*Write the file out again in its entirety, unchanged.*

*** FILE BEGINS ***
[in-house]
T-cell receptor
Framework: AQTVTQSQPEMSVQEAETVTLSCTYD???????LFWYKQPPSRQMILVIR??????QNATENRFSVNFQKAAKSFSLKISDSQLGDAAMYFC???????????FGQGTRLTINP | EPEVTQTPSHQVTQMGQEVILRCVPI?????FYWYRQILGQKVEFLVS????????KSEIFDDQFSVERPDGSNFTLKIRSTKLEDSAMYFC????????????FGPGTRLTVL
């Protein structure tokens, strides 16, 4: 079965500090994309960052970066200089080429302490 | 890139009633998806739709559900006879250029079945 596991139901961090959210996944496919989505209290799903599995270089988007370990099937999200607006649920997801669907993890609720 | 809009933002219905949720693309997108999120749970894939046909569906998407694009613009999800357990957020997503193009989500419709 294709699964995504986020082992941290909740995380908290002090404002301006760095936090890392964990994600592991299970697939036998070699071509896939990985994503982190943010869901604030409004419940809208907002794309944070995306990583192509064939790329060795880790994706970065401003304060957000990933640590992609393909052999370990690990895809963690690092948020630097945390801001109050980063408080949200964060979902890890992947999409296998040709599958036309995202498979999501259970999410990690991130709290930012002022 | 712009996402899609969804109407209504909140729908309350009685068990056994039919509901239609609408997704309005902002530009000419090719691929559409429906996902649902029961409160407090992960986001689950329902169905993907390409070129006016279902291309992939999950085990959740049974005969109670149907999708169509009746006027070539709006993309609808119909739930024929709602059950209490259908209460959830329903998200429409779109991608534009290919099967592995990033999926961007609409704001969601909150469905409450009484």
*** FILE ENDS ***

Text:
[in-house]
T-cell receptor
Framework: AQTVTQSQPEMSVQEAETVTLSCTYD???????LFWYKQPPSRQMILVIR??????QNATENRFSVNFQKAAKSFSLKISDSQLGDAAMYFC???????????FGQGTRLTINP | EPEVTQTPSHQVTQMGQEVILRCVPI?????FYWYRQILGQKVEFLVS????????KSEIFDDQFSVERPDGSNFTLKIRSTKLEDSAMYFC????????????FGPGTRLTVL
């Protein structure tokens, strides 16, 4: 079965500090994309960052970066200089080429302490 | 890139009633998806739709559900006879250029079945 596991139901961090959210996944496919989505209290799903599995270089988007370990099937999200607006649920997801669907993890609720 | 809009933002219905949720693309997108999120749970894939046909569906998407694009613009999800357990957020997503193009989500419709 294709699964995504986020082992941290909740995380908290002090404002301006760095936090890392964990994600592991299970697939036998070699071509896939990985994503982190943010869901604030409004419940809208907002794309944070995306990583192509064939790329060795880790994706970065401003304060957000990933640590992609393909052999370990690990895809963690690092948020630097945390801001109050980063408080949200964060979902890890992947999409296998040709599958036309995202498979999501259970999410990690991130709290930012002022 | 712009996402899609969804109407209504909140729908309350009685068990056994039919509901239609609408997704309005902002530009000419090719691929559409429906996902649902029961409160407090992960986001689950329902169905993907390409070129006016279902291309992939999950085990959740049974005969109670149907999708169509009746006027070539709006993309609808119909739930024929709602059950209490259908209460959830329903998200429409779109991608534009290919099967592995990033999926961007609409704001969601909150469905409450009484």